A qualitative study of women's experiences of living with COPD To explore women's experiences of living with chronic obstructive pulmonary disease (COPD) at home.An explorative and descriptive qualitative design.A consecutive sample of nine women with COPD living at home. Data were collected in 2014 using semi-structured interviews and analysed using a qualitative content analysis.Three main themes were identified: having a good life with COPD despite limitations; predictability and confidence (...) in getting help; and the struggle to achieve a balance between insight and compliance with management of COPD. These women experienced limitations related to the traditional female role and felt unable to fulfil their own expectations. They experienced a good life despite limitations arising from adaptation and coping strategies. To feel safe, they needed to feel confident that they would receive the necessary help in case of exacerbation of their disease. To enhance compliance with COPD management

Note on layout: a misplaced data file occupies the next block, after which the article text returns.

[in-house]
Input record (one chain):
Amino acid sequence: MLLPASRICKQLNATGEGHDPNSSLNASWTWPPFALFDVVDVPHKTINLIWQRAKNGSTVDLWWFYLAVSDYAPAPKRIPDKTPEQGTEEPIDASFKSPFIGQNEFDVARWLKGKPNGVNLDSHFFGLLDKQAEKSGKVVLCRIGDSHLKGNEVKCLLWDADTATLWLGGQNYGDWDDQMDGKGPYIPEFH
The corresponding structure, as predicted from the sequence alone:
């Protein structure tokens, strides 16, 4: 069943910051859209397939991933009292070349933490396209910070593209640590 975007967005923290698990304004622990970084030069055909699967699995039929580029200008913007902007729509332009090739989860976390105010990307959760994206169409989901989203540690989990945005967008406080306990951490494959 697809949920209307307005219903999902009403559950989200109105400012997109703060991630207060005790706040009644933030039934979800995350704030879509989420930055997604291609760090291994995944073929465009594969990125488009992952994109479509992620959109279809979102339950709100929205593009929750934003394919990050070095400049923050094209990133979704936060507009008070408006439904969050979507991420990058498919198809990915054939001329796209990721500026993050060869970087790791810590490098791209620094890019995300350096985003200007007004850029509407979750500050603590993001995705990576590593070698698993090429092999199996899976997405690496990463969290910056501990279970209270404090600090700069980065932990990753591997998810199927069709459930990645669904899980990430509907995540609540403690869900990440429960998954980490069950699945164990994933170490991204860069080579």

CRACKCast E074 – COPD CRACKCast E074 - COPD - CanadiEM CRACKCast E074 – COPD In , by Adam Thomas May 1, 2017 This episode of CRACKCast covers Rosen’s Chapter 74, COPD. This airway disease process is one of the most common causes of death worldwide. Approximately 20% of all hospital admissions for patients over age 65 are related to COPD, and so an approach to management will have nearly daily benefit for an emergency physician. Shownotes – Rosens in Perspective Pathophysiology of COPD According (...) to Global Initiative for Chronic Obstructive Lung Disease (GOLD), COPD is: “a preventable and treatable disease with some significant extra-pulmonary effects that may contribute to the severity in individual patients. Its pulmonary component is characterized by airflow limitation that is not fully reversible… the airflow limitation is usually progressive and associated with an abnormal inflammatory response of the lungs to noxious particles or gases.” This used to include elements of reversible airflow